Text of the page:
Ironically, Roberson is quoted in the latest edition of Gay City News discussing the "fiscal strain" caused by recession and budget cuts on service agencies and POCC's scaled down plans for black pride. GCN went to publication before Roberson's dismissal.
Roberson's firing and the PITC cancellation were reportedly anticipated by veteran black gay pride organizers, and, according to one source close to PITC, Earl Fowlkes, the International Federation of Black Prides president, was "concerned" about Roberson's lack of executive experience and historic involvement in the ballroom community. Roberson is the co-founder of the House of Manolo-Blahnik and the "father" of the New York City chapter of the House of Miyake-Mugler.
After the jump, exclusive details behind a new lawsuit filed against POCC that alleges Roberson reneged on this weekend's Greatest Ball on Earth and maxed out organization credit cards to "bail personal friends out of jail."
The icing on the cake is a damning lawsuit against POCC in New York City Civil Court alleging embezzlement, "gross mismanagement, misappropriation of funds, abuse of power" and "sexual ... casting couch" in Roberson's office.
The suit filed by veteran promoter and legendary ballroom personality Terence Dixon for $8450, is the eighth lawsuit filed against POCC in the last ten years. A search of the New York State Unified Court System shows at least four legal actions against Michael A. Roberson, including two lawsuits filed by Consolidated Edison.
Dixon, the founder of the House of Legend, scheduled a fundraiser for August 2, the Greatest Ball on Earth, and filed suit after POCC only reneged on plans to cosponsor the event. Dixon says he is outraged by Roberson and POCC's actions and now has to front the costs himself. "I've been advertising for eight months," Dixon tells Rod 2.0, adding TGBOE was originally slated for April 19, but Roberson personally convinced him to move TGBOE to August 2 to coincide with PITC.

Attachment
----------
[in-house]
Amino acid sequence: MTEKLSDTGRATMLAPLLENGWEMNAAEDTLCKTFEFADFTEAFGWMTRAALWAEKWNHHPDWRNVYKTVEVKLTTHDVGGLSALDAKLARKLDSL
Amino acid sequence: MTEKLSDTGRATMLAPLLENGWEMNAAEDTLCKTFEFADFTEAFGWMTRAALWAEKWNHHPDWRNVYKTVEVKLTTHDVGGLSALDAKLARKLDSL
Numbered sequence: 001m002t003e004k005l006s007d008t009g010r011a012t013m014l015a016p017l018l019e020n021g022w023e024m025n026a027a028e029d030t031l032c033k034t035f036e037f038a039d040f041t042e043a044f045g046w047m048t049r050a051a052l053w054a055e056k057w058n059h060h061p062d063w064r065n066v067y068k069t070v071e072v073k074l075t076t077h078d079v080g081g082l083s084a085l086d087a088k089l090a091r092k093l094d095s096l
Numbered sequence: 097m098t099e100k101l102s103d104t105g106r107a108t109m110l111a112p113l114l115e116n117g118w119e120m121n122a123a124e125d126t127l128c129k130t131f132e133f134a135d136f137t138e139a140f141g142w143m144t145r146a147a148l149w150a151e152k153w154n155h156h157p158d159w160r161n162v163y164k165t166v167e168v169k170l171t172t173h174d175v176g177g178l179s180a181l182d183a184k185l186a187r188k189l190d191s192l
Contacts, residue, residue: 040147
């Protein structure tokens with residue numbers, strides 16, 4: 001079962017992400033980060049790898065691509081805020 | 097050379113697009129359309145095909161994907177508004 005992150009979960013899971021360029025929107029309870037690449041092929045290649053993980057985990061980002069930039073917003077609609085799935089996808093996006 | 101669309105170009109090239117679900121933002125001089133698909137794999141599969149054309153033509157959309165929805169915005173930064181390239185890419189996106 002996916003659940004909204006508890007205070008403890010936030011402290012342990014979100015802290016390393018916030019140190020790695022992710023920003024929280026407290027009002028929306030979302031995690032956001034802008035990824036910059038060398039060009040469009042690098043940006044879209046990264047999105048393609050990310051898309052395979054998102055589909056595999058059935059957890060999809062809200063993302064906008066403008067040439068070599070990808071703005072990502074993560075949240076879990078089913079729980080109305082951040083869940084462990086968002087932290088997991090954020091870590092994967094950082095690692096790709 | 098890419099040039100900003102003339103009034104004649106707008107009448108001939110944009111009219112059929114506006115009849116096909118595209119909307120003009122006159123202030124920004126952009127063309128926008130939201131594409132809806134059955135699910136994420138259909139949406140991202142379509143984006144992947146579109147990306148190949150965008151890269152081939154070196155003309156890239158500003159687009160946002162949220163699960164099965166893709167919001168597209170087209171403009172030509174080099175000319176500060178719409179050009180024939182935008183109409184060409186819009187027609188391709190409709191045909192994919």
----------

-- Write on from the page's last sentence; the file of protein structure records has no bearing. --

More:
Dixon's lawsuit claims Roberson and POCC waited until July 10 to pull out of Saturday's event. These plans were "finalized in November and we had a meeting every month with the executive director," Dixon tels Rod 2.0. "In each meeting, he said every thing was okay. I asked every time were these rumors [of investigations] true, he said no. Even after their own ball was canceled he claimed there were no" financial irregularities at POCC, Dixon says.
Dixon's lawsuit and ballroom insiders claim Roberson used POCC as a virtual ATM, exhausting "the agency's credit cards, credit line and spent federal grant money on such things as bailing personal friends out of jail." Roberson is also alleged to "have purchased dozens of roundtrip tickets to Los Angeles on POCC's account to visit his significant other." The charges, drama and alleged financial irregularities and "sexual casting couch," including the legal history surrounding the ball, are chronicled in a 22 page thread at the always-entertaining Walk4MeWednesday message board, the go-to site for ballroom news.
To add insult to injury, Dixon tells Rod 2.0 that Roberson did not have the "decency" personally cancel. "I called him earlier this month and he wouldn't get back to me. Then, when we did talk, he told me he would call me back in 20 minutes and he never did. Someone else called me back, a friend, not even an employee of POCC."
Terence Dixon tells Rod 2.0 the biggest insult is that Saturday's Greatest Ball on Earth is a fundrasier planned for HIV/AIDS services in Harlem and Brooklyn, as well as scholarships for college students.& ; "I don't know what to say," Dixon laments. "This has never happened before."